21. 21. 7 Sustainability-Focused Business Model
  22. 22. Sustainability-Focused Business Model
  23. 23. 4 The Business Model Canvas Cost Structure Key Partners Key Resources Channels Key Activities Value Proposition Customer Relationships Customer Segments Revenue Streams Sustainability-Focused Business Model most relevant for fast moving consumer goods companies Sustainable products/ services Customers in emerging markets Ecological organizations Research costs Retail stores Green status Brand defining employees Sustainable premiums Ecological impact research Green storytelling Green marketing Governments Customers in mature markets Marketing costs Government grants Product/service design Designer: Ouke Arts (ouke.arts@businessmodelsinc.com) What are the most important costs inherent in our business model? Which Key Resources are most expensive? Which Key Activities are most expensive? Through which Channels do our Customer Segments want to be reached? How are we reaching them now? How are our Channels integrated? Which ones work best? Which ones are most cost-efficient? How are we integrating them with customer routines? For what value are our customers really willing to pay? For what do they currently pay? How are they currently paying? How would they prefer to pay? How much does each Revenue Stream contribute to overall revenues? For whom are we creating value? Who are our most important customers? What type of relationship does each of our Customer Segments expect us to establish and maintain with them? Which ones have we established? How are they integrated with the rest of our business model? How costly are they? What value do we deliver to the customer? Which one of our customer’s problems are we helping to solve? What bundles of products and services are we offering to each Customer Segment? Which customer needs are we satisfying? What Key Activities do our Value Propositions require? Our Distribution Channels? Customer Relationships? Revenue streams? Who are our Key Partners? Who are our key suppliers? Which Key Resources are we acquiring from partners? Which Key Activities do partners perform? What Key Resources do our Value Propositions require? Our Distribution Channels? Customer Relationships? Revenue Streams? Day Month Year No. This work is licensed under the Creative Commons Attribution-Share Alike 3.0 Unported License. To view a copy of this license, visit http://creativecommons.org/licenses/by-sa/3.0/ or send a letter to Creative Commons, 171 Second Street, Suite 300, San Francisco, California, 94105, USA. Hardcover and paperback edition available at Amazon.com Business Model Generation
  24. 24. 8 Twisted Freemium Business Model
  25. 25. Twisted Freemium Business Model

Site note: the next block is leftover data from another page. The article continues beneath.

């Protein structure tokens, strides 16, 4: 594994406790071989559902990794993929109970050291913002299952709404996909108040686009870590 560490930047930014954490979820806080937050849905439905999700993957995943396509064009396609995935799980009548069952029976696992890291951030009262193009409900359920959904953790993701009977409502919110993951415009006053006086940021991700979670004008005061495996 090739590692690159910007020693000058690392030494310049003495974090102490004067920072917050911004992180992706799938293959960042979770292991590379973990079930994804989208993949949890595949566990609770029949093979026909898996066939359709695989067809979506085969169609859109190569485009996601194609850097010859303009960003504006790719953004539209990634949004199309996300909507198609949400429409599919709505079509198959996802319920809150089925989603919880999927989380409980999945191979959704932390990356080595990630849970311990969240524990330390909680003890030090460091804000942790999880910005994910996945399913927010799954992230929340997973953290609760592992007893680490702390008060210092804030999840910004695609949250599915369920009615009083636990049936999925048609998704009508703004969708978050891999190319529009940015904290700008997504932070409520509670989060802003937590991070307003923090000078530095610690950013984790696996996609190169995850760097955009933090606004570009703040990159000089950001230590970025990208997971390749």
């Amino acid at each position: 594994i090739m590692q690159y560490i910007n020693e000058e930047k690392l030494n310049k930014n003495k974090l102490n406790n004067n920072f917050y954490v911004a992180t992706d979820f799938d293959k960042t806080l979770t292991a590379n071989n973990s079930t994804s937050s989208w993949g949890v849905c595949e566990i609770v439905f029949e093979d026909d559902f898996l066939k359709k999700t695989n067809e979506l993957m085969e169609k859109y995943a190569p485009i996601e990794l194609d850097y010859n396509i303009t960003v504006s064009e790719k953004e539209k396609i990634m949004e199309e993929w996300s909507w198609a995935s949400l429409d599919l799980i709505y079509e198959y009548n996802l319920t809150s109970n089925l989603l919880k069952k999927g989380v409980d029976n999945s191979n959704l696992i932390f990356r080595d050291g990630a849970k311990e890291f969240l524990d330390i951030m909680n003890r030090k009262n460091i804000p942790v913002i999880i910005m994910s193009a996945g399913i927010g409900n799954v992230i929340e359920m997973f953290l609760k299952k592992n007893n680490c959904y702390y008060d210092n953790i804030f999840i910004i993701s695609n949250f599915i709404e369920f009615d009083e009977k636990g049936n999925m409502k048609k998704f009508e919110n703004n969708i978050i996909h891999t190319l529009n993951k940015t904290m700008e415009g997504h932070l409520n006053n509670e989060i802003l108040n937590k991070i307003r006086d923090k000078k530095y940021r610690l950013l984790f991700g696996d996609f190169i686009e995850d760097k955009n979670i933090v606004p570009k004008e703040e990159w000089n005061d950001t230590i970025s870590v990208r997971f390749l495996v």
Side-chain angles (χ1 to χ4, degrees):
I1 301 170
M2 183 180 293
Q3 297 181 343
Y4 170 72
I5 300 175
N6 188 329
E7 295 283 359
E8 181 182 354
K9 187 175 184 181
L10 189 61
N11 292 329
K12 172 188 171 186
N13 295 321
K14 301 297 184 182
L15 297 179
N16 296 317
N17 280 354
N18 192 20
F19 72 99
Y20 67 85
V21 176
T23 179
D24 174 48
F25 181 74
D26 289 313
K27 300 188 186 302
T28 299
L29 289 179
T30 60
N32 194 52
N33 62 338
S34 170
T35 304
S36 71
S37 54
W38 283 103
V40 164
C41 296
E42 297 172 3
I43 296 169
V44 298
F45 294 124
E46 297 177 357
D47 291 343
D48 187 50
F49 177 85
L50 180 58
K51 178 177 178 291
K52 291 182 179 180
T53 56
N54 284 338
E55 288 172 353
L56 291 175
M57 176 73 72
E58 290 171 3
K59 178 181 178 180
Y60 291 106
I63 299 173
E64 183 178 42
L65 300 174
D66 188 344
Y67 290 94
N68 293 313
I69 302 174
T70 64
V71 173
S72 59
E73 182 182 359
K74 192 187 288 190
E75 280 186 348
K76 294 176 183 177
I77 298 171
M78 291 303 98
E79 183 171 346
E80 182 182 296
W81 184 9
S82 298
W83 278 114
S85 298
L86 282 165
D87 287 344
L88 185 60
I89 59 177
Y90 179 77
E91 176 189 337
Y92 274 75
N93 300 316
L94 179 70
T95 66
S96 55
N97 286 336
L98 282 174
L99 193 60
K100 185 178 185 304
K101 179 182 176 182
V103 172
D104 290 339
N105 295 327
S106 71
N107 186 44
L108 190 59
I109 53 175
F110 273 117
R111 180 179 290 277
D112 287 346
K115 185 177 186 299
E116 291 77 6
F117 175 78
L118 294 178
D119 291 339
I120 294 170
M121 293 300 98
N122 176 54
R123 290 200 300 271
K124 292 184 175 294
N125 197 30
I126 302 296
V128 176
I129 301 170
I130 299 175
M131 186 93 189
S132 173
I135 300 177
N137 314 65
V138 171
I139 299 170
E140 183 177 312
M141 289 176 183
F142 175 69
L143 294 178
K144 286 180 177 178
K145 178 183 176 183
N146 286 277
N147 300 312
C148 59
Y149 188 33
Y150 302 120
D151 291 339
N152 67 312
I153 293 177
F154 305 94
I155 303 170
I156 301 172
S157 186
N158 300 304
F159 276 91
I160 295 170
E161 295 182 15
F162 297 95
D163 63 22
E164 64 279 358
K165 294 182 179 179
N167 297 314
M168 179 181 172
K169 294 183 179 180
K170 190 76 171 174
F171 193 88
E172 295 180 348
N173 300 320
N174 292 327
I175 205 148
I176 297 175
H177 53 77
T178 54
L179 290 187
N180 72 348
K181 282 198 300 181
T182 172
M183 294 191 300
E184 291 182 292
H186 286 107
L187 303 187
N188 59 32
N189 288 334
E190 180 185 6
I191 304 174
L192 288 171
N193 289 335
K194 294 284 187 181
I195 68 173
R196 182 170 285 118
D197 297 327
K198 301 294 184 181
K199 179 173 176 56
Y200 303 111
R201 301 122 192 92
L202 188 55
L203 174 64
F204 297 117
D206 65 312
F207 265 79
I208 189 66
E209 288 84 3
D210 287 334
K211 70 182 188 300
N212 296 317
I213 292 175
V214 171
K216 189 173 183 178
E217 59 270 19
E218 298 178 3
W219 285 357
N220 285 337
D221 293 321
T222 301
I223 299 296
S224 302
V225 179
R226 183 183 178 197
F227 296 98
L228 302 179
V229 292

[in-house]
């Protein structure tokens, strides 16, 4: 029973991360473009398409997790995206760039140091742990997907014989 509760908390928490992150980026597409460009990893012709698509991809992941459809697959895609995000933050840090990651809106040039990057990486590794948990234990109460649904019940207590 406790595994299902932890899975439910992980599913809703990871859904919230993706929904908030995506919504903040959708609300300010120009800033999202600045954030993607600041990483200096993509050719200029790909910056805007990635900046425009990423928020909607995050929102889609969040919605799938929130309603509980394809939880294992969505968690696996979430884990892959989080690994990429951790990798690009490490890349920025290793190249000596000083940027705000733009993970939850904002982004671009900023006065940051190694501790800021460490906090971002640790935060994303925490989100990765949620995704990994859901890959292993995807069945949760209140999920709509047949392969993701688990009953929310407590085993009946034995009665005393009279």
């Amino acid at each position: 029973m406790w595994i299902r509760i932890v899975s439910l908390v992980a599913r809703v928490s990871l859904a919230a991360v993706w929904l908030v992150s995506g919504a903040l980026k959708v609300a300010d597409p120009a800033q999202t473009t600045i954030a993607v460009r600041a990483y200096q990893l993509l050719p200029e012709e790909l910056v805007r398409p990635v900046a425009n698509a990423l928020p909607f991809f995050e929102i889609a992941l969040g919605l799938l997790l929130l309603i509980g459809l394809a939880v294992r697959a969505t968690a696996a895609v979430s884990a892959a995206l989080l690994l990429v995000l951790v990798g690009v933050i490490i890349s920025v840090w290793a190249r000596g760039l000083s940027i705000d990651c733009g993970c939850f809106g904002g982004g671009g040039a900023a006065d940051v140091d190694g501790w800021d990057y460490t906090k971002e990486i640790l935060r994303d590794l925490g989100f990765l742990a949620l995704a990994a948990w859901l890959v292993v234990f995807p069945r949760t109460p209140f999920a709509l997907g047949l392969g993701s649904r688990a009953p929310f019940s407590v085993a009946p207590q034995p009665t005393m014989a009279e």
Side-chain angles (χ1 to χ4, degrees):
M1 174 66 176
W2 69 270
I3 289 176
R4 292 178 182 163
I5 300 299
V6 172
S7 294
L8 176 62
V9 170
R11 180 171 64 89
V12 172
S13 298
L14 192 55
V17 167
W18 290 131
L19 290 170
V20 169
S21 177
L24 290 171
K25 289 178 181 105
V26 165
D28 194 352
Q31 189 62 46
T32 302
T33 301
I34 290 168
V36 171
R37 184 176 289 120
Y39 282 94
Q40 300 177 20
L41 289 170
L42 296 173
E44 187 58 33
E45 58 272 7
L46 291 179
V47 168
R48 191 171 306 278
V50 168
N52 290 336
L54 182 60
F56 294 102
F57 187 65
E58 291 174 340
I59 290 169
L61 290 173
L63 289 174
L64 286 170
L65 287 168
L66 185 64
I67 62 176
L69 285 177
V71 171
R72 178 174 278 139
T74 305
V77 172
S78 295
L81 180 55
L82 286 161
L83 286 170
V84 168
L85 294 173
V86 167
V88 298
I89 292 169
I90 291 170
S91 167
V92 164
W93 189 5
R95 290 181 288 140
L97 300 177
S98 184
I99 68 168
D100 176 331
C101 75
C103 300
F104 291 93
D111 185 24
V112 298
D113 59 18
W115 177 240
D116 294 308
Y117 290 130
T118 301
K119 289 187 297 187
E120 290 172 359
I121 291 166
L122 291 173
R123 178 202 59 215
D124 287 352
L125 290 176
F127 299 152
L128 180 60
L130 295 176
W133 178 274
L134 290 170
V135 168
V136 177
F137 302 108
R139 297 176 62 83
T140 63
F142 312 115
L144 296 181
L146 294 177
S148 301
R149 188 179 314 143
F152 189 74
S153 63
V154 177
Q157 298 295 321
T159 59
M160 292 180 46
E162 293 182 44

26. 26. 4 The Business Model Canvas Cost Structure Key Partners Key Resources Channels Key Activities Value Proposition Customer Relationships Customer Segments Revenue Streams Twisted Freemium Business Model most relevant for software development companies Free open source based product Paying customers Open source development community Platform development costs Online platform Continuously serviced product Open source product Professional subscription Product support services Product versioning and testing Self-service customers Sales costs Local branches Distribution costs Self-service and access to platform Designer: Ouke Arts (ouke.arts@businessmodelsinc.com) What are the most important costs inherent in our business model? Which Key Resources are most expensive? Which Key Activities are most expensive? Through which Channels do our Customer Segments want to be reached? How are we reaching them now? How are our Channels integrated? Which ones work best? Which ones are most cost-efficient? How are we integrating them with customer routines? For what value are our customers really willing to pay? For what do they currently pay? How are they currently paying? How would they prefer to pay? How much does each Revenue Stream contribute to overall revenues? For whom are we creating value? Who are our most important customers? What type of relationship does each of our Customer Segments expect us to establish and maintain with them? Which ones have we established? How are they integrated with the rest of our business model? How costly are they? What value do we deliver to the customer? Which one of our customer’s problems are we helping to solve? What bundles of products and services are we offering to each Customer Segment? Which customer needs are we satisfying? What Key Activities do our Value Propositions require? Our Distribution Channels? Customer Relationships? Revenue streams? Who are our Key Partners? Who are our key suppliers? Which Key Resources are we acquiring from partners? Which Key Activities do partners perform? What Key Resources do our Value Propositions require? Our Distribution Channels? Customer Relationships? Revenue Streams? Day Month Year No. This work is licensed under the Creative Commons Attribution-Share Alike 3.0 Unported License. To view a copy of this license, visit http://creativecommons.org/licenses/by-sa/3.0/ or send a letter to Creative Commons, 171 Second Street, Suite 300, San Francisco, California, 94105, USA. Hardcover and paperback edition available at Amazon.com Business Model Generation